I'm working on a project to put together a custom bike light from some LED flashers and a battery pack. I'm looking at two different options, one which comes with a built-in switch, and another where I would be wiring up my own switch.

If I build my own switching mechanism, I will purchase waterproof switches. If I buy the system with the built-in switch (it's actually cheaper than making my own, but there are other considerations), then it will not be water proof.

With the pre-built switch I would need a way to waterproof the whole thing; with the self-built I would need a way to waterproof the contacts on the backside, where the wires get attached. In either case, I must protect the battery from the elements. Most suggestions I have seen are to put the battery inside of a water bottle, which is then easy to put on the bike, and simple to add/remove.

What are some low-cost ($20 max, preferably cheaper) ways to water-proof switches and contacts? I'm not looking for a specific product, so much as a method for protecting them. Is it best to build some sort of cover? Use some sort of shrink-wrap? I've seen suggestions online to just put the finger of a latex glove over the switch, and seal that off. Would that be sufficien protection?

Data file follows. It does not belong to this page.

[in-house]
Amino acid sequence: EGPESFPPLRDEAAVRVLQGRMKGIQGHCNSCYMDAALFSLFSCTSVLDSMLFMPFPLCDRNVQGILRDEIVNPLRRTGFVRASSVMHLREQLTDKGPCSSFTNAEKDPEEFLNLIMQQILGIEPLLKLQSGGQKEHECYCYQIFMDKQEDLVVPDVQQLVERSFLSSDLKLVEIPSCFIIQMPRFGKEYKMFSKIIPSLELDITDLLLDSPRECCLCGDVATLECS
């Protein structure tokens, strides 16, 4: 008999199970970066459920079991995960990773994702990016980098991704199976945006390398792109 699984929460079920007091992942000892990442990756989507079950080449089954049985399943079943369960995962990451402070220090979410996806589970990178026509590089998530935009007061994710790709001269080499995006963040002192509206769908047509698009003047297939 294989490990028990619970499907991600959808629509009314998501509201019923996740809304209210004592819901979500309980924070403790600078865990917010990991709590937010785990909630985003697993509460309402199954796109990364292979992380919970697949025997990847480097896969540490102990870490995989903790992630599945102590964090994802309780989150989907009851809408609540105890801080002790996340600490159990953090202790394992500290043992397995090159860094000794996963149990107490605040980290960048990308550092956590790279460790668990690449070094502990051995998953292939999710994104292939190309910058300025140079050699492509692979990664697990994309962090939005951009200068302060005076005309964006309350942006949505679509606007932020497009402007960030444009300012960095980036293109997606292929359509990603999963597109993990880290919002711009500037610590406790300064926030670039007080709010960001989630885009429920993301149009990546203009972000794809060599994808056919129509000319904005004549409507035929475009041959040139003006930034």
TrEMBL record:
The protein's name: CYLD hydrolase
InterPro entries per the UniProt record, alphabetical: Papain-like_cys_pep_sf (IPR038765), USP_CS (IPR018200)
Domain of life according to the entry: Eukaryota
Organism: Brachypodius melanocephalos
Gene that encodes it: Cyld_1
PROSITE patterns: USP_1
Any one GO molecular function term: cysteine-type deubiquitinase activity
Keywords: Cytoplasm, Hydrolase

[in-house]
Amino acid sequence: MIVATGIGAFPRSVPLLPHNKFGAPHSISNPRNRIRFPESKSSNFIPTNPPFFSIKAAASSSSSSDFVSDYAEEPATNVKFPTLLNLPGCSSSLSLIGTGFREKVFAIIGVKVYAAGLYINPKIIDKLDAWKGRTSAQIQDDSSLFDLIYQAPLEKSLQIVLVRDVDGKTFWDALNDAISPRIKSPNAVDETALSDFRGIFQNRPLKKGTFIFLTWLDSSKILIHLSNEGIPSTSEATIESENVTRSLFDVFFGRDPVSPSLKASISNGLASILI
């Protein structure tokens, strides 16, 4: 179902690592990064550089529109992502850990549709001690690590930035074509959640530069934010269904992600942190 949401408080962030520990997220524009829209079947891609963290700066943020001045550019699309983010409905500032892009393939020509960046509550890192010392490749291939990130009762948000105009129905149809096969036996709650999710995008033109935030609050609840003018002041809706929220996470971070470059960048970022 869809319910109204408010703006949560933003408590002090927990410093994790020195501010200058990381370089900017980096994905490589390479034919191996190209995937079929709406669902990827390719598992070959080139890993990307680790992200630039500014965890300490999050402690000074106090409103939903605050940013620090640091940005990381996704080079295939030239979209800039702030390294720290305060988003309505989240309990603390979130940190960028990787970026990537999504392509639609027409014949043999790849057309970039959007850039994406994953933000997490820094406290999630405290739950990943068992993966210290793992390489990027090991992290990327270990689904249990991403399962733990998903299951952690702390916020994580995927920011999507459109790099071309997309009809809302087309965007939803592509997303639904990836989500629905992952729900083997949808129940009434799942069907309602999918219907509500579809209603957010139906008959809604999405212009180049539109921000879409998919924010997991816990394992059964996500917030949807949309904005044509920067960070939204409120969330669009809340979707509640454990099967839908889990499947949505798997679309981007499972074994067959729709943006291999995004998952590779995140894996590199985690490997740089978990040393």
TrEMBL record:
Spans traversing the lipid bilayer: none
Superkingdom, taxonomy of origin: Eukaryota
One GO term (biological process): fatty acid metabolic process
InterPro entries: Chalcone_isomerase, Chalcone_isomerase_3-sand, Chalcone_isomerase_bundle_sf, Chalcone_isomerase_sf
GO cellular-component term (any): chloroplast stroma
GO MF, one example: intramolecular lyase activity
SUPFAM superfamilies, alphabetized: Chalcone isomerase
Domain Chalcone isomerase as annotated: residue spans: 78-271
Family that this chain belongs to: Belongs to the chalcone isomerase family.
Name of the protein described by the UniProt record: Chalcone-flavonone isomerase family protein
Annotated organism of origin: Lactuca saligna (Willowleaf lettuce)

Note: this application will be using 12v DC and a max of 3 amps (likely more like 1.5A).


2 Answers 2


For waterproofness you can't beat.

  • Magnet + reed switch

  • Magnet + Hall sensor.

Reed switch has advantage of zero off power and no lower voltage limit.

Hall sensor can be more robust.
Reed can be extremely robust if mounted well (floating in soft packing)

These BU520xx hall sensors from ROHM cost about $1.20/1 from Digikey BUT have under 10 uA off state current drain worst case.
2.4 - 3.3 V operation.
If current does not matter you can get 6 MA when off parts for about 1/2 that cost.

If you want single cell operation at 55 uA typical for a horrendous $9.72/1 you can have this marvel.
NVL AFE series. Operation down to 0.9V.


Reed-relais and external magnet are often used in bike lights.

Use the sensor / magnet from a broken cable-bound bike computer, which you should find lying around in the bike shop for free.

Or buy one in the 1$ range, like the Assemtech PPS 470 or similar.


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